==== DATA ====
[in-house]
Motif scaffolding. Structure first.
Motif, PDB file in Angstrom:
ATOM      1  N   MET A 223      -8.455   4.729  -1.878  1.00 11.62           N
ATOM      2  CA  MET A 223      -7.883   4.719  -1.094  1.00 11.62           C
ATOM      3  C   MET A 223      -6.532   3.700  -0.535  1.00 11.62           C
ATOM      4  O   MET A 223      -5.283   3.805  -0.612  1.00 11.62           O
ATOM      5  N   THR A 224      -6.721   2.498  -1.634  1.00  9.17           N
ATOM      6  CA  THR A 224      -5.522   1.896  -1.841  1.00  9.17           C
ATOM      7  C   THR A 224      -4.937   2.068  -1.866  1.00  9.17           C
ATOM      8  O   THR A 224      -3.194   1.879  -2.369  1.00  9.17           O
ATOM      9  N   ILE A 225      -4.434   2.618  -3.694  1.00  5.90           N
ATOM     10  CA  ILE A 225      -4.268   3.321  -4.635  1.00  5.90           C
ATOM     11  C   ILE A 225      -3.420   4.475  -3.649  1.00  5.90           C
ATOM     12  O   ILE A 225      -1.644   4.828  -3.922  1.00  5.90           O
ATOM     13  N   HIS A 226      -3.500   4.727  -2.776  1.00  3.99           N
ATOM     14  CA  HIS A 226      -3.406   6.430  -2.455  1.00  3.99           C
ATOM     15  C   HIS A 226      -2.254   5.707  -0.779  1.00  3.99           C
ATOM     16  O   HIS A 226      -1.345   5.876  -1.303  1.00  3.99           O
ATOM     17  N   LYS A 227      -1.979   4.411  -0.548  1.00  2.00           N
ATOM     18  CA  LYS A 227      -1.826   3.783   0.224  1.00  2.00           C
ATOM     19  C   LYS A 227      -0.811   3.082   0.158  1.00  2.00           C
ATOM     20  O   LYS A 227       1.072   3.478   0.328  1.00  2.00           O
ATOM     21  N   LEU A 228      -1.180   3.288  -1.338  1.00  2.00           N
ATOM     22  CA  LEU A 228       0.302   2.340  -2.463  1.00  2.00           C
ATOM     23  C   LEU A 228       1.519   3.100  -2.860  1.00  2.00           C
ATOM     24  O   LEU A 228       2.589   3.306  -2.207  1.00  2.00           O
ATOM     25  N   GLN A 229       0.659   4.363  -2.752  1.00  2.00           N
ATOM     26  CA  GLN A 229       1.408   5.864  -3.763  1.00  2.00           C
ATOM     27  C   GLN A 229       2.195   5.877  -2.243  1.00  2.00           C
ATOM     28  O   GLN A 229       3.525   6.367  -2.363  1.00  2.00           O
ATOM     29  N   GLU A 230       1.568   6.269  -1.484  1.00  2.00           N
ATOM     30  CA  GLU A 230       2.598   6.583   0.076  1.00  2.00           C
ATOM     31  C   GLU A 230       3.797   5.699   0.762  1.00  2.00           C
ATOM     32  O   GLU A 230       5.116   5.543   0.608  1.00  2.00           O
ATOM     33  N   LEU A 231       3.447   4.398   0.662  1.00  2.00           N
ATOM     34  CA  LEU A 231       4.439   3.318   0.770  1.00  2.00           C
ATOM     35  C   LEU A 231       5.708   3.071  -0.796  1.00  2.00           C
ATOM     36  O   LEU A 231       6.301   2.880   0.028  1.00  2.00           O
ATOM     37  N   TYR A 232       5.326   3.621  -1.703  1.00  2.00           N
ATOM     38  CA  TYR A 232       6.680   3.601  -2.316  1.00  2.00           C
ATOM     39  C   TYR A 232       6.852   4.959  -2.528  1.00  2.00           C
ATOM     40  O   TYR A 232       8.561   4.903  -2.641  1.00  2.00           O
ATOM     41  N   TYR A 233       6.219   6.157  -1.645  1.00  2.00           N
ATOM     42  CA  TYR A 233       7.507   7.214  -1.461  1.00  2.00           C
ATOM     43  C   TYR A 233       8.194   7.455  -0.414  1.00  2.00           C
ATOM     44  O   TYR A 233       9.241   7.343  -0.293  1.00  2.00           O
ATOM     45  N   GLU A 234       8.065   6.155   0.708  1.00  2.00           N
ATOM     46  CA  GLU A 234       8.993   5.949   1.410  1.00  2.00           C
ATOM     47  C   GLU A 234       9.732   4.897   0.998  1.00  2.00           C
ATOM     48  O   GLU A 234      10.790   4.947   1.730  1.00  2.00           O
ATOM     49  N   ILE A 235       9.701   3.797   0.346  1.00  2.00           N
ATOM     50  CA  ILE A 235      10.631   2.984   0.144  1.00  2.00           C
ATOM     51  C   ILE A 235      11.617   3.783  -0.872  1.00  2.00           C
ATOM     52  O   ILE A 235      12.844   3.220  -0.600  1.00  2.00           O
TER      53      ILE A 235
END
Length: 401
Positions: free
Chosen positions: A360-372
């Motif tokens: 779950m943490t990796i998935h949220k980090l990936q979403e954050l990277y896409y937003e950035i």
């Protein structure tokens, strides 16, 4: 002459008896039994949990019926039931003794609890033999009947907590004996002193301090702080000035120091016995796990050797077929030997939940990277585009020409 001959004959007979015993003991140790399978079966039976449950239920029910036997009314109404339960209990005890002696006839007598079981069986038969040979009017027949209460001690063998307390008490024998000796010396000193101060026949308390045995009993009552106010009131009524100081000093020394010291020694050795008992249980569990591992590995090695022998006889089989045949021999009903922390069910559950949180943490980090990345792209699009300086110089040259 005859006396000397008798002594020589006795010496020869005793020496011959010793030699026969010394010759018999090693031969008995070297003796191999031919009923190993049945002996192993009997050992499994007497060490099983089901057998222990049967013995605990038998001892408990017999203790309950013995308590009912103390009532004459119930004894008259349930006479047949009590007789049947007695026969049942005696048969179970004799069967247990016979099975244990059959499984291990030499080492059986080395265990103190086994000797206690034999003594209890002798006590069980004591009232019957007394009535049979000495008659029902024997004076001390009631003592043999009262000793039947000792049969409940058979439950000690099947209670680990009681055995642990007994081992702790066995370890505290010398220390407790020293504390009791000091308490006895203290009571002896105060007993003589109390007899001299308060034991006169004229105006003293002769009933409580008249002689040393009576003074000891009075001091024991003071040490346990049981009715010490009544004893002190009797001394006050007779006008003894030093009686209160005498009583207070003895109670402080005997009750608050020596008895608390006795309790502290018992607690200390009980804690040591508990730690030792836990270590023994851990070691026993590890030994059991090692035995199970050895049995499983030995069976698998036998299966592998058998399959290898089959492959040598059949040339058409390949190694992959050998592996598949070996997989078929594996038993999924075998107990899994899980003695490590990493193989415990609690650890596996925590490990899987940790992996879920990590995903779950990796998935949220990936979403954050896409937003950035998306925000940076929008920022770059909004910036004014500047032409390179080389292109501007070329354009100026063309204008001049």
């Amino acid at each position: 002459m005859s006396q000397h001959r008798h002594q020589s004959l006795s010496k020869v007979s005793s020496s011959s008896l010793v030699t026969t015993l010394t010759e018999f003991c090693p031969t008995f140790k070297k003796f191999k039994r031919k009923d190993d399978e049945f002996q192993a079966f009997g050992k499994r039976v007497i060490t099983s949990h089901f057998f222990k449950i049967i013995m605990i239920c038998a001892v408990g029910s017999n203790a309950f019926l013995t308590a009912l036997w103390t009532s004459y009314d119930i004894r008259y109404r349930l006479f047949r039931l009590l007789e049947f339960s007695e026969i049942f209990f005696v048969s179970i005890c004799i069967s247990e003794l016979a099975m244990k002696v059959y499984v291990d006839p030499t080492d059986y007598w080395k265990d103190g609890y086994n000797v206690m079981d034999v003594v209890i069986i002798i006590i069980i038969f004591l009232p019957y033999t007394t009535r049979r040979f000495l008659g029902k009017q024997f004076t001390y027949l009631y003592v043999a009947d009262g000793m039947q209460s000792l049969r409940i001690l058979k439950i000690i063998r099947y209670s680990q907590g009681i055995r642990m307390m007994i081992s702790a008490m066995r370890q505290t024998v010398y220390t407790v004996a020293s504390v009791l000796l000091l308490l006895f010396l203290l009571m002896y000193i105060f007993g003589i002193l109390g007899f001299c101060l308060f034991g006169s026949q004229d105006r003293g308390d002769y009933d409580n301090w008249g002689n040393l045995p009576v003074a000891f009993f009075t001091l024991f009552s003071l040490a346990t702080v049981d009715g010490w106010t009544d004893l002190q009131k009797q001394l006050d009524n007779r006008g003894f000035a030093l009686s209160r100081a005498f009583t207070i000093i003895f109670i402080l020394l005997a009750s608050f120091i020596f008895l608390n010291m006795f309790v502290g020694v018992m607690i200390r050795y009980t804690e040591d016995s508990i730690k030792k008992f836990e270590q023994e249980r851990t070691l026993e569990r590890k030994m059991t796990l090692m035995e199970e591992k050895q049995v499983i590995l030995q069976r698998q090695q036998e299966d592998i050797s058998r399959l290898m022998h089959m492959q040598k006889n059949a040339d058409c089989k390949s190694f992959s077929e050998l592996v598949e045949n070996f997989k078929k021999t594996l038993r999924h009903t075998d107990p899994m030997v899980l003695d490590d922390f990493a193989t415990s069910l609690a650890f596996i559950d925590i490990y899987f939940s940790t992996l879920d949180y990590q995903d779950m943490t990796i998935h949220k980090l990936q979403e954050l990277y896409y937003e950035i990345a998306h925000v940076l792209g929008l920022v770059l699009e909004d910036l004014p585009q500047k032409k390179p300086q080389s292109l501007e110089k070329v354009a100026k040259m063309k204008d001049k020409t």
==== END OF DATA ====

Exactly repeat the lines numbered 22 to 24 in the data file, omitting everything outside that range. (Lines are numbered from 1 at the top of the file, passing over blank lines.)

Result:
ATOM     19  C   LYS A 227      -0.811   3.082   0.158  1.00  2.00           C
ATOM     20  O   LYS A 227       1.072   3.478   0.328  1.00  2.00           O
ATOM     21  N   LEU A 228      -1.180   3.288  -1.338  1.00  2.00           N